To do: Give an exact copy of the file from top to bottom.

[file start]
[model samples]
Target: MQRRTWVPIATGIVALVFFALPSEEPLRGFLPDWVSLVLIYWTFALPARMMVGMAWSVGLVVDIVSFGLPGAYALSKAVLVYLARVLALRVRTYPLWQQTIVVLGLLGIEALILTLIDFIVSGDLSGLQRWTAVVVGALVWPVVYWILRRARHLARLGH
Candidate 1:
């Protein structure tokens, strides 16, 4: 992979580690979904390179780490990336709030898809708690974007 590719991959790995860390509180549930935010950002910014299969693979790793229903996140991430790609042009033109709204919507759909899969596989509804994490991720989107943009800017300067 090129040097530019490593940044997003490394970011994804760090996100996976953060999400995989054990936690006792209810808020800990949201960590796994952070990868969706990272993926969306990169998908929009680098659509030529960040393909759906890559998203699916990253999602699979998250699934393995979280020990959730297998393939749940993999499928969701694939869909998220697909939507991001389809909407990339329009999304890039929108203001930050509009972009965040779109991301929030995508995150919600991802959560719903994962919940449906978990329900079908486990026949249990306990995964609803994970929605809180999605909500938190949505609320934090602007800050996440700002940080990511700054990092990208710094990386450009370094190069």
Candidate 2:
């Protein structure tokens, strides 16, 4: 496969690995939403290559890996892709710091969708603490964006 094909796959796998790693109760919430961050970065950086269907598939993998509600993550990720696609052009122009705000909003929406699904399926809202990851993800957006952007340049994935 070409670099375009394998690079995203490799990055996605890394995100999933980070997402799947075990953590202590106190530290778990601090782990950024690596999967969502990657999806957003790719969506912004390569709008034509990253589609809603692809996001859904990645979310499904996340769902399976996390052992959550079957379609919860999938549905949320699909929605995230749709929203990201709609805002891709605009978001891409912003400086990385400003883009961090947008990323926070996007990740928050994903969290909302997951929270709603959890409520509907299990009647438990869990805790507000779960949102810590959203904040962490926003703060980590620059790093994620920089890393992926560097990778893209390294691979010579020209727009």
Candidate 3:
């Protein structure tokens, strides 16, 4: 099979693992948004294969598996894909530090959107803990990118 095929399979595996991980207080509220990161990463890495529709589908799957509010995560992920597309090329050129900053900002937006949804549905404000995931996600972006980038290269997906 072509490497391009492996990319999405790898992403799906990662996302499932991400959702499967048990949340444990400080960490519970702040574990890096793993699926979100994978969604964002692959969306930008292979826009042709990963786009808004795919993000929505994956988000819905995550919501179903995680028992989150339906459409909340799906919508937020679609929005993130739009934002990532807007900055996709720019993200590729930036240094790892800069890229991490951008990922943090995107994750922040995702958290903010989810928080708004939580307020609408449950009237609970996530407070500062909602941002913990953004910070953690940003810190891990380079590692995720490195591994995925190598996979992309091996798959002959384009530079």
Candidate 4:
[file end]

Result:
[model samples]
Target: MQRRTWVPIATGIVALVFFALPSEEPLRGFLPDWVSLVLIYWTFALPARMMVGMAWSVGLVVDIVSFGLPGAYALSKAVLVYLARVLALRVRTYPLWQQTIVVLGLLGIEALILTLIDFIVSGDLSGLQRWTAVVVGALVWPVVYWILRRARHLARLGH
Candidate 1:
């Protein structure tokens, strides 16, 4: 992979580690979904390179780490990336709030898809708690974007 590719991959790995860390509180549930935010950002910014299969693979790793229903996140991430790609042009033109709204919507759909899969596989509804994490991720989107943009800017300067 090129040097530019490593940044997003490394970011994804760090996100996976953060999400995989054990936690006792209810808020800990949201960590796994952070990868969706990272993926969306990169998908929009680098659509030529960040393909759906890559998203699916990253999602699979998250699934393995979280020990959730297998393939749940993999499928969701694939869909998220697909939507991001389809909407990339329009999304890039929108203001930050509009972009965040779109991301929030995508995150919600991802959560719903994962919940449906978990329900079908486990026949249990306990995964609803994970929605809180999605909500938190949505609320934090602007800050996440700002940080990511700054990092990208710094990386450009370094190069």
Candidate 2:
């Protein structure tokens, strides 16, 4: 496969690995939403290559890996892709710091969708603490964006 094909796959796998790693109760919430961050970065950086269907598939993998509600993550990720696609052009122009705000909003929406699904399926809202990851993800957006952007340049994935 070409670099375009394998690079995203490799990055996605890394995100999933980070997402799947075990953590202590106190530290778990601090782990950024690596999967969502990657999806957003790719969506912004390569709008034509990253589609809603692809996001859904990645979310499904996340769902399976996390052992959550079957379609919860999938549905949320699909929605995230749709929203990201709609805002891709605009978001891409912003400086990385400003883009961090947008990323926070996007990740928050994903969290909302997951929270709603959890409520509907299990009647438990869990805790507000779960949102810590959203904040962490926003703060980590620059790093994620920089890393992926560097990778893209390294691979010579020209727009």
Candidate 3:
């Protein structure tokens, strides 16, 4: 099979693992948004294969598996894909530090959107803990990118 095929399979595996991980207080509220990161990463890495529709589908799957509010995560992920597309090329050129900053900002937006949804549905404000995931996600972006980038290269997906 072509490497391009492996990319999405790898992403799906990662996302499932991400959702499967048990949340444990400080960490519970702040574990890096793993699926979100994978969604964002692959969306930008292979826009042709990963786009808004795919993000929505994956988000819905995550919501179903995680028992989150339906459409909340799906919508937020679609929005993130739009934002990532807007900055996709720019993200590729930036240094790892800069890229991490951008990922943090995107994750922040995702958290903010989810928080708004939580307020609408449950009237609970996530407070500062909602941002913990953004910070953690940003810190891990380079590692995720490195591994995925190598996979992309091996798959002959384009530079």
Candidate 4: